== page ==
One of the most disturbing moments in The Witches of Eastwick occurs when Alexandra, who has been resisting the plan to cast a spell on Jenny, finally gives in: ‘She said, “Oh hell. Let’s do it.” It seemed simplest, a way of cleaning up another tiny pocket of the world’s endless dirt.’ Of all the witches Alexandra is the closest to nature. Natural forces are said to flow through her. But nature in Updike’s universe is no less ambiguous in her purposes than woman. Rapturous descriptions fill this book, setting up a natural world of breathtaking gorgeousness and delicacy, while the characters are obsessed with nature’s cruelty, her ruthless and obscene flux. ‘Nature kills constantly, and we call her beautiful,’ muses Alexandra. She sees signs of cancer everywhere. In the Unitarian church Van Horne gives a sermon entitled ‘This is a terrible creation’. The subject is parasites. As Brenda Parsley coughs up bees and butterflies while trying to give a sermon on evil, Jenny Gabriel, who is dying, wonders who can be responsible for this new outburst of magic. She reflects: ‘Perhaps none of the three was willing this, it was something they had loosed on the air, like those nuclear scientists cooking up the atomic bomb to beat Hitler and Tojo and now so remorseful, like Eisenhower refusing to sign the truce with Ho Chi Minh that would have ended all the trouble, like the late-summer wildflowers, golden-rod and Queen Anne’s lace, now loosed from dormant seeds upon the shaggy fallow fields where once black slaves had opened the gates for galloping squires in swallowtail coats and top hats of beaver and felt.’ On Greenham Common a very different view of nature prevails. The Greenham women are also Green women. Feeling themselves to live in the shadow of imminent annihilation, they cling to a belief in nature as wholly benign, having recourse to the thought of the Common before the base was built, as a fortifying symbol of all they are fighting for. The idea that the Cruise missile might be in some way consonant with nature’s purposes would appal them. I hope they are right to be appalled.
Caroline Blackwood’s chief stylistic resource is simplicity. She writes as though she were an immensely clever and articulate child or an enfant sauvage launched upon the world for the first time in adulthood. In her approach to life on and around Greenham Common she affects a total lack of preconception, which leads her to express more than usual surprise at the things she finds. When people speak, she takes it for granted they mean what they say, and goes on to wonder why they said it. When something happens, she takes it at face value, deducing its significance from an ingenuous scrutiny of surface characteristics. This allows her to give the impression (often, in fact, sly) of letting things speak for themselves, and it helps her to tie down to particulars what could so easily have drifted into pontificating and prejudice. Corrigan, her latest novel, has the same simplicity and clarity of exposition as On the Perimeter, making it read a little like a children’s book, with that over-accentuation also typical of people talking to foreigners or to the slightly deaf.
Corrigan tells the story of how an elderly widow, Devina Blunt, is conned by a sham Irish cripple called Corrigan. Arriving in her genteel Wiltshire drawing-room out of the blue, Corrigan sets to work milking Mrs Blunt of large sums of money by persuading her that she is helping support a home for the handicapped called St Crispin’s. Corrigan is not in fact a cripple and St Crispin’s is a pancake house behind Paddington Station, but the business of providing for it, and the enjoyment of looking after him, give Mrs Blunt a new sense of purpose and a reason to go on living, both of which she had lost after the death of her dear husband, ‘the Colonel’. By the time Mrs Blunt dies of a heart attack while drinking champagne with Corrigan, she has, it seems, rumbled his game. But rather than expose his deceit, she has preferred to humour it, because of the meaning and pleasure it gives her. The other character to be deeply affected by the arrival of Corrigan is Mrs Blunt’s daughter, Nadine, a sadly constrained young lady, whose life has dried out completely in the stifling atmosphere of marriage to an arrogant shit. In the process of coming to terms with the changes in her mother’s behaviour brought about by Corrigan, Nadine discovers she too has unused potential, and she at last summons the strength to break out of her ghastly marriage. Corrigan argues for the wisdom of ingenuousness, the importance of the immediate, the superiority of means over ends. The virtues, in fact, of the Greenham Common peace protest.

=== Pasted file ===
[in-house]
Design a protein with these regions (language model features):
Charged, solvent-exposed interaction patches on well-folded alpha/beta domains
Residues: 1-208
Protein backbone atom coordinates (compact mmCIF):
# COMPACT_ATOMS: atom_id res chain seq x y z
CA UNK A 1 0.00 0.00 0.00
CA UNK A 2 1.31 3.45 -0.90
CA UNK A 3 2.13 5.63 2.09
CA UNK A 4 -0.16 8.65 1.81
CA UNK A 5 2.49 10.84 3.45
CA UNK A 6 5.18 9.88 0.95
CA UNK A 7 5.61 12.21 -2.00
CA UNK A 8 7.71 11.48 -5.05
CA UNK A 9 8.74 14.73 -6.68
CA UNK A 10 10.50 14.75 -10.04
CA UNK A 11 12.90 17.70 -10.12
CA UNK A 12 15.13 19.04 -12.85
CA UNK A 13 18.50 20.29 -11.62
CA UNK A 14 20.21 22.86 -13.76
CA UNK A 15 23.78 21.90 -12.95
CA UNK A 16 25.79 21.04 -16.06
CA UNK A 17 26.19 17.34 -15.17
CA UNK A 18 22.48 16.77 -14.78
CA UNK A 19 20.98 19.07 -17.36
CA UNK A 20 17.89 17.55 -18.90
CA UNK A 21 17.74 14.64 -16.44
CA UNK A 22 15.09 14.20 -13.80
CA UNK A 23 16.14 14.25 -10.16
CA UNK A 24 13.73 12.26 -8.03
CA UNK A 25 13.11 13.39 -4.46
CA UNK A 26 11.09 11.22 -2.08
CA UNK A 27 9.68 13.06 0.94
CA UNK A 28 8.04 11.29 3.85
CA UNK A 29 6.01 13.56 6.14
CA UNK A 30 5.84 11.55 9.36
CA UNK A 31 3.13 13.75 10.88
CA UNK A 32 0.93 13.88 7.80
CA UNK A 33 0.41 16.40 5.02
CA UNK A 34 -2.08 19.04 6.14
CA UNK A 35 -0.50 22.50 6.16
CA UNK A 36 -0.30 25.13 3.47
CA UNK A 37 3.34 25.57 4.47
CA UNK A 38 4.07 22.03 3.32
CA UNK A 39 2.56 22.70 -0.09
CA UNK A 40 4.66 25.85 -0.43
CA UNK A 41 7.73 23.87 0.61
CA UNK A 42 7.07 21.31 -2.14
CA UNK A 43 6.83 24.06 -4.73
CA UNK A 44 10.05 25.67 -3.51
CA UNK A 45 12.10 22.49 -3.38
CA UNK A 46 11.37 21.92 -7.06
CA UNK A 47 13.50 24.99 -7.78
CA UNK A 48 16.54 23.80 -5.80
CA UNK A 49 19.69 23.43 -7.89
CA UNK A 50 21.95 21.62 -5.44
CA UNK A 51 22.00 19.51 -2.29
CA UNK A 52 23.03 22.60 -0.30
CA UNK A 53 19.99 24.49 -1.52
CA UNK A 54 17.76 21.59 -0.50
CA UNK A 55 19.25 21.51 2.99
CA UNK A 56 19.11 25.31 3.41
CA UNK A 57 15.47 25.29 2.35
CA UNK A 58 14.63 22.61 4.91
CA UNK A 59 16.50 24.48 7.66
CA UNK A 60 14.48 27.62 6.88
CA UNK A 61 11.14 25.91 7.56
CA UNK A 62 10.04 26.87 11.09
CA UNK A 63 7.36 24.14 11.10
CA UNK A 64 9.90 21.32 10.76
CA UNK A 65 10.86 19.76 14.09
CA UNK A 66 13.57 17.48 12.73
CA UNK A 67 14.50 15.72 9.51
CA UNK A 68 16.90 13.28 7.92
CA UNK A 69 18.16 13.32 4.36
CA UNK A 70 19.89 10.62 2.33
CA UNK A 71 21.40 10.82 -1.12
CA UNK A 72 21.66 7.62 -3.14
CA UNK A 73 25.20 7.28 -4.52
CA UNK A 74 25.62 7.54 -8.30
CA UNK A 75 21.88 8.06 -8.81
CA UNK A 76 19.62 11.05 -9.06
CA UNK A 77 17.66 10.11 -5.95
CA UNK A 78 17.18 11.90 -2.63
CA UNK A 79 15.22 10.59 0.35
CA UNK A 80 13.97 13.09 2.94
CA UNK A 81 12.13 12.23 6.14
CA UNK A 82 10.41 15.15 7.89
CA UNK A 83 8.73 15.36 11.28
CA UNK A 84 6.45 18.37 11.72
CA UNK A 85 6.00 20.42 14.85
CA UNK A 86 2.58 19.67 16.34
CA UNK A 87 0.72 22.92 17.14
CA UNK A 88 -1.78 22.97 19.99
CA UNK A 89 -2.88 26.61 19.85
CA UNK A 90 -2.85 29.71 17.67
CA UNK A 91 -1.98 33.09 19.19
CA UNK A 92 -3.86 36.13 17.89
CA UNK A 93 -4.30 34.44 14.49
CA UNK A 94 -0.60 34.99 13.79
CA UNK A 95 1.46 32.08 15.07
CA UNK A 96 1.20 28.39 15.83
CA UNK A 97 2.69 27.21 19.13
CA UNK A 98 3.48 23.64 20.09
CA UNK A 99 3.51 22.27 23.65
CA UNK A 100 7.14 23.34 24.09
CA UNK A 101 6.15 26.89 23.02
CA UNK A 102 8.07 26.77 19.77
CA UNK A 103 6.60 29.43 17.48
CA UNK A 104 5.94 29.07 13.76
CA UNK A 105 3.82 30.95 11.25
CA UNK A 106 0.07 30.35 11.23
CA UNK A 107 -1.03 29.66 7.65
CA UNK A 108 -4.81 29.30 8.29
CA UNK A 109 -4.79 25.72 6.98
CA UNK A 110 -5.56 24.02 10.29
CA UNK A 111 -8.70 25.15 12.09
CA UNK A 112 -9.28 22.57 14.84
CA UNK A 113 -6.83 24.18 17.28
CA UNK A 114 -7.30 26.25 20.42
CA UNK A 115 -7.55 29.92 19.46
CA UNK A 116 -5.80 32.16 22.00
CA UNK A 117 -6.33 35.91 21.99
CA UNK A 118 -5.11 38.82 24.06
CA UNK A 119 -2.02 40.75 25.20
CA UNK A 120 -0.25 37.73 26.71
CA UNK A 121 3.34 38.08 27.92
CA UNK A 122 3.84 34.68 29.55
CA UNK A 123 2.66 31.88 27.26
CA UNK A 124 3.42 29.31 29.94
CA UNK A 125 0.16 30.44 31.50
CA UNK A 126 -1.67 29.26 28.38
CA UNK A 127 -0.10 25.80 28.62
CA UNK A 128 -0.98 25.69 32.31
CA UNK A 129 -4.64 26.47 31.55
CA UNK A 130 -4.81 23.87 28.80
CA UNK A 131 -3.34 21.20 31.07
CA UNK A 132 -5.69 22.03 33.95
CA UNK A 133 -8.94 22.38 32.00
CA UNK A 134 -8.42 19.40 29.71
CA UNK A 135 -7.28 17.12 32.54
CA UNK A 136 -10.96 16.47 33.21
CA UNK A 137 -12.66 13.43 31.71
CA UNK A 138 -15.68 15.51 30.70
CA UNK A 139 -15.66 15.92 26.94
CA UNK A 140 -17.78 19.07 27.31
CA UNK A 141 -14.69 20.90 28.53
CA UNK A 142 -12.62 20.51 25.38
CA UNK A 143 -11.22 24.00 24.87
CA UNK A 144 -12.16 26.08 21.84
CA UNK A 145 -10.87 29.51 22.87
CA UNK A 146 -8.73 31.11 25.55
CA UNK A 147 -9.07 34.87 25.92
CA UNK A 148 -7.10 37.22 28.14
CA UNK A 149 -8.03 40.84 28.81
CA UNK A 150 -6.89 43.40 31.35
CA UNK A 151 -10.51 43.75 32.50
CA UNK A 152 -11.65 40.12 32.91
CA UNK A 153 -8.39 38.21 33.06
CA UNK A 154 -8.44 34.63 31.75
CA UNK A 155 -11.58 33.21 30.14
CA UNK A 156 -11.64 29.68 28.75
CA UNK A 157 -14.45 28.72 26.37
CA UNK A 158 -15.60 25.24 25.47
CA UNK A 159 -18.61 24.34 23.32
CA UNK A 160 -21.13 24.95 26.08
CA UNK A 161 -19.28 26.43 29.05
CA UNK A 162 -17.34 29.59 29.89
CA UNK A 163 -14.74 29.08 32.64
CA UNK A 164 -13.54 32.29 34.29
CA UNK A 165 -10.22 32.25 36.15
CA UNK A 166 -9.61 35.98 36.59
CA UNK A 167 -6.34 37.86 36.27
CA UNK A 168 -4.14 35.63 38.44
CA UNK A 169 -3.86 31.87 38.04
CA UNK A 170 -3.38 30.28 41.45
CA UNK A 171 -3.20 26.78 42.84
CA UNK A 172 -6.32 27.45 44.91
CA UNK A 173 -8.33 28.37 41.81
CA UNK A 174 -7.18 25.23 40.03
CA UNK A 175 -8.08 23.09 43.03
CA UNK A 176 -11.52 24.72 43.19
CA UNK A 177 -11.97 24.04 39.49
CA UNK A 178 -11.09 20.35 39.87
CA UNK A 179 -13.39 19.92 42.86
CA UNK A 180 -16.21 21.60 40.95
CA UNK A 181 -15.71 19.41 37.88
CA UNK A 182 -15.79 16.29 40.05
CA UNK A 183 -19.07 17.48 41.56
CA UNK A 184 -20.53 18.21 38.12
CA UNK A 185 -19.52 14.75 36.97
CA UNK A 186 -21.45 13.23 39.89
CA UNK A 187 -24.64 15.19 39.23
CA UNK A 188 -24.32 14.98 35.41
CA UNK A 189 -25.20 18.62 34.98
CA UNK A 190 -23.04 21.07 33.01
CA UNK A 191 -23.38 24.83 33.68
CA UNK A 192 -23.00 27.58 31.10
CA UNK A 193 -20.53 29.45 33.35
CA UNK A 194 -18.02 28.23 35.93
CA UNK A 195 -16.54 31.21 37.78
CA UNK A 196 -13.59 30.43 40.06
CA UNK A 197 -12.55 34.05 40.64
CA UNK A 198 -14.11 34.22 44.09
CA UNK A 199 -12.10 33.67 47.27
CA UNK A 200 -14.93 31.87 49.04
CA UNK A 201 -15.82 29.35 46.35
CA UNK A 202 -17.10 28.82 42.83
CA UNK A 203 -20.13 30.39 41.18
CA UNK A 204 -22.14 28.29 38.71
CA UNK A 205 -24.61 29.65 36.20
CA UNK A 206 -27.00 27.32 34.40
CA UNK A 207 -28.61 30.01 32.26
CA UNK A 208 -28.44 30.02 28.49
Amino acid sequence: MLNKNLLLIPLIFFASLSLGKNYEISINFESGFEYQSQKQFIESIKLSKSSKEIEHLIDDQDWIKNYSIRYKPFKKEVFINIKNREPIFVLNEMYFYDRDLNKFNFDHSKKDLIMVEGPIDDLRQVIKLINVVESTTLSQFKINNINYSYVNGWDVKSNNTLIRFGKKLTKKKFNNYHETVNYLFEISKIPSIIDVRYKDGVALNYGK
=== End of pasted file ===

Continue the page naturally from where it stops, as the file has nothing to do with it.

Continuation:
William Blake said The Excursion caused him a severe bowel complaint. One knows what he meant, and not just about Wordsworth’s poem. Books are a kind of food, and reading a process of ingestion with direct consequences for the body. If The Witches of Eastwick turns your stomach, According to Mark will settle it again. It is altogether alkaline nourishment, as soothing and palatable as a bowl of Farley’s rusks and warm milk. Scatological and eschatological considerations do not impinge on Penelope Lively’s ordered English world, where the sun shines out of the sky and not out of anyone’s arse and where the prospect of eclipse in the long night of a nuclear winter never enters anyone’s head. The book’s determination to keep clear of anything unpleasant is typified, probably unintentionally, by the name of its central character – Lamming. True to his name, Mark Lamming avoids rushing headlong into a major life crisis capable of changing him completely. He is 41, his marriage is a model of good adjustment, his career as a writer is developing nicely, life appears to hold no surprises for him. And then he falls in love. An abyss of emotional uncertainty opens momentarily before him. But it is not the intention of any of the women in his life – the girl he falls for, Carrie, Diana his energetic and sensible wife, or Penelope Lively, his motherly creator – to let him plunge into it. Firmly and efficiently they shepherd him back to the safety of the connubial bed, which is actually where he prefers to be anyway.
‘Company executives get coronaries; those of us who are in the book business get a bad attack of life,’ reflects Mark at the height of his deranging passion. A bad attack of life just about sums up the failings of this pleasantly readable book. Penelope Lively has a major talent for transcribing life as we already know it to be. What she has yet to develop is the ability to refresh us with strangeness.